Industries set to request tariff carve-outs

Source: Hannah Northey, E&E News reporter • Posted: Tuesday, March 20, 2018

The Trump administration has begun accepting applications today from companies hoping to sidestep steep aluminum and steel tariffs that kick in Friday.

The Commerce Department laid out a 90-day framework in today’s Federal Register for U.S. individuals and groups hoping to secure carve-outs from President Trump’s 25 percent tariff on steel and 10 percent tariff on aluminum. Canada and Mexico were excluded pending trade negotiations.

The department in its interim final rule also laid out the process through which individuals and groups can object to such applications.

At first blush, the administration’s process appears to be a “mixed bag” for energy producers, Kevin Book, managing director at ClearView Energy Partners, told clients in a note today.

Potentially bad news for the sector, Book said, is that exemptions are “limited, narrow and contestable.” On the other hand, he said, the process doesn’t appear to reallocate tariffs from exempt countries and excluded products to other imports.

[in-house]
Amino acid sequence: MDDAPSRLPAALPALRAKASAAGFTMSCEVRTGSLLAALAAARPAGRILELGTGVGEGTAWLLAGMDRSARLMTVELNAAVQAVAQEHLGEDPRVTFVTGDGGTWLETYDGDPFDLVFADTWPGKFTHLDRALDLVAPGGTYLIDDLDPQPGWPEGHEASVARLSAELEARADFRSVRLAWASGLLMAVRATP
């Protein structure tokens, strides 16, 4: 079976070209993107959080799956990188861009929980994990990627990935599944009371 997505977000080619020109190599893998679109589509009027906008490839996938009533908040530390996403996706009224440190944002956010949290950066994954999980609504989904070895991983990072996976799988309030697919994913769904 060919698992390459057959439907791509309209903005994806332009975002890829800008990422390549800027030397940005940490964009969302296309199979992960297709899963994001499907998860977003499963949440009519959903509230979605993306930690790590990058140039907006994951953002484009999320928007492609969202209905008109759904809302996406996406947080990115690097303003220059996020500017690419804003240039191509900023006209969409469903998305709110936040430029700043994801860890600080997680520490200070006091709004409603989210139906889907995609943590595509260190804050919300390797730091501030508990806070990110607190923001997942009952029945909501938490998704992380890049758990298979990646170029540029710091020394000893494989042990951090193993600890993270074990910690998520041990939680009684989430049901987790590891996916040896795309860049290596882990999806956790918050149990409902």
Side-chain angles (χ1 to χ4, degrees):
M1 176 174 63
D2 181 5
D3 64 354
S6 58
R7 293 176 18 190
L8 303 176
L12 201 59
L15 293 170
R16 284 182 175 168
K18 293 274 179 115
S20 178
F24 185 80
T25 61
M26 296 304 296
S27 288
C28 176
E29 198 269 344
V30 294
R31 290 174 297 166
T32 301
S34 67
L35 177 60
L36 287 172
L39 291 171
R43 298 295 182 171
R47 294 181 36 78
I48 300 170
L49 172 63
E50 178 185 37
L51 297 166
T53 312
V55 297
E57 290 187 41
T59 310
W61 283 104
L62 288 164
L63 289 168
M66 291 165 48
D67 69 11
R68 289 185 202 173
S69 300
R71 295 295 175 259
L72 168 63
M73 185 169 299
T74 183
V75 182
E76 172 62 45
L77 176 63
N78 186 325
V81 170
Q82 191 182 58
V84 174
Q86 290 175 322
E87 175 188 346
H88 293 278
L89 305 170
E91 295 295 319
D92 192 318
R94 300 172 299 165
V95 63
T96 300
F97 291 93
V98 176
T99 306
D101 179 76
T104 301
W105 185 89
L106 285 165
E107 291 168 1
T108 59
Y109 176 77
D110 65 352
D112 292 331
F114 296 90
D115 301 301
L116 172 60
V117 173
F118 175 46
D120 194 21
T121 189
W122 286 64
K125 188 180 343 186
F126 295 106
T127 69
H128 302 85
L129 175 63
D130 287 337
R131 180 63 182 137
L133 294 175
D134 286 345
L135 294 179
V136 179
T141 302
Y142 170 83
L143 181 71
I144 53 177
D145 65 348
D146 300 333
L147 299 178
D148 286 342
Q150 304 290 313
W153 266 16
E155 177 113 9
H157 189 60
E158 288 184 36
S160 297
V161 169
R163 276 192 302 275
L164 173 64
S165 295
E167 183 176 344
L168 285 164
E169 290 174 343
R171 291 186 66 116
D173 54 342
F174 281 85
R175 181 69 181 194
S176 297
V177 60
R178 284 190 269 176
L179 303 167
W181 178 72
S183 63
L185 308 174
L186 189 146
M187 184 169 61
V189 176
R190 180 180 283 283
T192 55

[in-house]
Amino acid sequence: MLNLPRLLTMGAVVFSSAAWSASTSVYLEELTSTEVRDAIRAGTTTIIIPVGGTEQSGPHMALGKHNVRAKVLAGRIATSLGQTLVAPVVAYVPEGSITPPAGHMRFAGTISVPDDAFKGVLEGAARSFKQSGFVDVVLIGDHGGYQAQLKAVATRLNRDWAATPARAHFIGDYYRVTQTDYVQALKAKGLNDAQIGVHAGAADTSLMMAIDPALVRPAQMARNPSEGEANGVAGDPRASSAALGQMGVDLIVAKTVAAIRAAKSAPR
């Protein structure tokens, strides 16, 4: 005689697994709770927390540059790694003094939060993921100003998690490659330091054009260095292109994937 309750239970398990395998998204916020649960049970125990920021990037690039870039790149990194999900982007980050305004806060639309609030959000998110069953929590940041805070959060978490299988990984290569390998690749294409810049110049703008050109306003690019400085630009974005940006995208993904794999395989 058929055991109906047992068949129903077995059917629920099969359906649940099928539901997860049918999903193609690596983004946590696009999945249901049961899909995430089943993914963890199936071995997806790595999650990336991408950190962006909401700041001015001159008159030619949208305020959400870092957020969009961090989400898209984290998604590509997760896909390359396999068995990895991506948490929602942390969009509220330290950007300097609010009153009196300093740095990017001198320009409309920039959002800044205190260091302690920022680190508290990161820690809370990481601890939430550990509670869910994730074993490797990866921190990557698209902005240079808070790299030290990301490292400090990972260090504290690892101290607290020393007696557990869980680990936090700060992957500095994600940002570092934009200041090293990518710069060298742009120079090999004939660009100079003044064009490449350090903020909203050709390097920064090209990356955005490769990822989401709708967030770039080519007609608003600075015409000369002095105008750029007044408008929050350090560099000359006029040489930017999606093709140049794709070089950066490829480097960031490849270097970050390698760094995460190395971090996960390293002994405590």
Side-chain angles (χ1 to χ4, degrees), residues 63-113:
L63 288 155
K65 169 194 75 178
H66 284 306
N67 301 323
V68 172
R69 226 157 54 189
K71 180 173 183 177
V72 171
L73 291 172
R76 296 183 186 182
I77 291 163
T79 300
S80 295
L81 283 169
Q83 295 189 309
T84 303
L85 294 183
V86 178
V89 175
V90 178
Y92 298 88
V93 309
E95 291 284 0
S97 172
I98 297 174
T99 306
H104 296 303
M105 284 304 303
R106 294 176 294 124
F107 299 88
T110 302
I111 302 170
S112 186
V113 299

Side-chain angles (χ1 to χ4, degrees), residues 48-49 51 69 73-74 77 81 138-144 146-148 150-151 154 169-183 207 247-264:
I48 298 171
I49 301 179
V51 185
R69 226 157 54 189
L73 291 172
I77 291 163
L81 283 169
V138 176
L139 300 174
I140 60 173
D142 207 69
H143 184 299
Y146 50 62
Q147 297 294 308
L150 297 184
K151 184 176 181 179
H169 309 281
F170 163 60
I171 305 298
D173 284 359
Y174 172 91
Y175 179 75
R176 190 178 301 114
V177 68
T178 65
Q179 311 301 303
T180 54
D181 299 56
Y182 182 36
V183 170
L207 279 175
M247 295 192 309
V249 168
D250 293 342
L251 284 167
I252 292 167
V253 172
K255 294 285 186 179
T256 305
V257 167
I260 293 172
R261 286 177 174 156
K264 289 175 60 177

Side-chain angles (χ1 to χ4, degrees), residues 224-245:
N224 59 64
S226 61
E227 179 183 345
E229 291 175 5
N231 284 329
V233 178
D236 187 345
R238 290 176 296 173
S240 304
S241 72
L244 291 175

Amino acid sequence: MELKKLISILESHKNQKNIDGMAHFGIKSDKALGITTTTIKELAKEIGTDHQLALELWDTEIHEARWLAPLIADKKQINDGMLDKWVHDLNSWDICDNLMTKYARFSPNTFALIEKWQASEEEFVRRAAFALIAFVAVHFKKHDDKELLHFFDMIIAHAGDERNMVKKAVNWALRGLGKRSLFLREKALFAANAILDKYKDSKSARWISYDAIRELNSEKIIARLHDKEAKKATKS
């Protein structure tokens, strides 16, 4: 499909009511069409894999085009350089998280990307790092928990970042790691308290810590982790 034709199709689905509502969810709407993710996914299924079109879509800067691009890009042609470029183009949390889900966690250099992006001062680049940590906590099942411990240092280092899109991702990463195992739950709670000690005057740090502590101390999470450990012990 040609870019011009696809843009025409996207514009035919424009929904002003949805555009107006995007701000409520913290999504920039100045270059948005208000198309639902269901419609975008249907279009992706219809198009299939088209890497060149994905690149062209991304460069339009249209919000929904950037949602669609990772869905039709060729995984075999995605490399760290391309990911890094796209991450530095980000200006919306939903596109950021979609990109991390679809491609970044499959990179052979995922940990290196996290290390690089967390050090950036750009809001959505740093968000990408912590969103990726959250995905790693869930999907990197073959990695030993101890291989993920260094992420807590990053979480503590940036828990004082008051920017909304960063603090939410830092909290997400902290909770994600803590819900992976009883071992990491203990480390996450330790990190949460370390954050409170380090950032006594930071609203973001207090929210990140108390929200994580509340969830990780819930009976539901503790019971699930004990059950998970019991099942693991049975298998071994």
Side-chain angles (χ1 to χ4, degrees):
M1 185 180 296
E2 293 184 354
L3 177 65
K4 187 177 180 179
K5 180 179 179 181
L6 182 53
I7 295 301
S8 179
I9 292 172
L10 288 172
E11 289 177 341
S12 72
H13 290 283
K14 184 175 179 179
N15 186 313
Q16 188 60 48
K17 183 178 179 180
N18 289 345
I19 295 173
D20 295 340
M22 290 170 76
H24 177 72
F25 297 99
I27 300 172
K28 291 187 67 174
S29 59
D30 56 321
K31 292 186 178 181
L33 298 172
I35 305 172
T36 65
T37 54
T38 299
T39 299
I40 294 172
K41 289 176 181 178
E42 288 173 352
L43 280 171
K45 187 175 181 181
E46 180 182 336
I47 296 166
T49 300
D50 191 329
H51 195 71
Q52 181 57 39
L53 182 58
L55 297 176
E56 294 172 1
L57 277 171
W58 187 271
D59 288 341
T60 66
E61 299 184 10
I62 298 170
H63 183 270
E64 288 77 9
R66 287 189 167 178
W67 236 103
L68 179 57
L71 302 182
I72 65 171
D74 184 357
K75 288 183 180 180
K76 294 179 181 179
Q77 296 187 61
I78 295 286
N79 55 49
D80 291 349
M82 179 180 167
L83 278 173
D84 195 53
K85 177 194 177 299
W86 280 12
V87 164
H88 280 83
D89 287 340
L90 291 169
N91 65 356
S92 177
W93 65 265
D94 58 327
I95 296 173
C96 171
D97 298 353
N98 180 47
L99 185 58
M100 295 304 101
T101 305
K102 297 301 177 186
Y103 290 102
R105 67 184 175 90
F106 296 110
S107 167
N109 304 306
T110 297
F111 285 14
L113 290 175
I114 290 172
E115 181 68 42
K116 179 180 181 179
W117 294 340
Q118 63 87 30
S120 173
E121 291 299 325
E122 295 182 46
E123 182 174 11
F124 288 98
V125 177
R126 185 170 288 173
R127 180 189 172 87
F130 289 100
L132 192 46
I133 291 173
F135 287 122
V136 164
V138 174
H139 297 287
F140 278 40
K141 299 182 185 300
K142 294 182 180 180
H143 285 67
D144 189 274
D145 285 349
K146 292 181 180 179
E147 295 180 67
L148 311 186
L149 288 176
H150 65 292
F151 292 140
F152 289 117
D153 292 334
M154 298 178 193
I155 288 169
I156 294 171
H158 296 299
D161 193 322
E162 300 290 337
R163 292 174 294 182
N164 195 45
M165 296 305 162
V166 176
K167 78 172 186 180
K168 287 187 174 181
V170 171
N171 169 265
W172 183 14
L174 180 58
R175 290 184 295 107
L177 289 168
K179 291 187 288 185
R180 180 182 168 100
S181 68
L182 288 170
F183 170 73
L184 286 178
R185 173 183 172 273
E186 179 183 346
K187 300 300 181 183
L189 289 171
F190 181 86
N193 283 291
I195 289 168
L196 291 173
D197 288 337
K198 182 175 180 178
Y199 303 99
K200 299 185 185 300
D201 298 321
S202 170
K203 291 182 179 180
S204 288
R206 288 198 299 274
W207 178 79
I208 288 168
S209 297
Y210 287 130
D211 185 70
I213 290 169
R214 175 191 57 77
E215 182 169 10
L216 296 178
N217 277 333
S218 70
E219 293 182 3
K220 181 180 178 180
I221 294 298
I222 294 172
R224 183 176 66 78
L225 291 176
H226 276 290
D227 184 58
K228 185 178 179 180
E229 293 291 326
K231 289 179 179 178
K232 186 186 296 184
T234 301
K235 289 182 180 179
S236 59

An industry source said the administration appears so far to have heard the industry’s concerns, but relief will hinge on how difficult it is for pipeline developers to obtain exemptions and how objections are handled.

The American Petroleum Institute, which huddled with President Trump last week to discuss tariffs, released a statement today calling for “clarity and flexibility” in the Commerce process.

Adam Bedard, CEO of Arb Midstream, an energy transportation and marketing company, said he was tackling numerous questions while sifting through the agency notice this morning.

Bedard said he wasn’t sure whether his company, which uses imported steel for construction, would file an application for an exemption or whether that task would be left to the manufacturer from which he purchases specialized steel.

“We’re reviewing it,” Bedard said. “We’re getting our arms around it.”

Solar companies also are seeking exemptions to 30 percent solar tariffs enacted by Trump in January. SunPower Corp. was among a handful of companies that sought an exclusion with the U.S. Trade Representative by a deadline last Friday.

Earlier this year, SunPower said it was putting an expansion on hold in California because of Trump’s decision. It says because its technology demands a higher price, it did not contribute to the “harm” the trade barriers are designed to correct (E&E News PM, Jan. 26).

Reporter Christa Marshall contributed.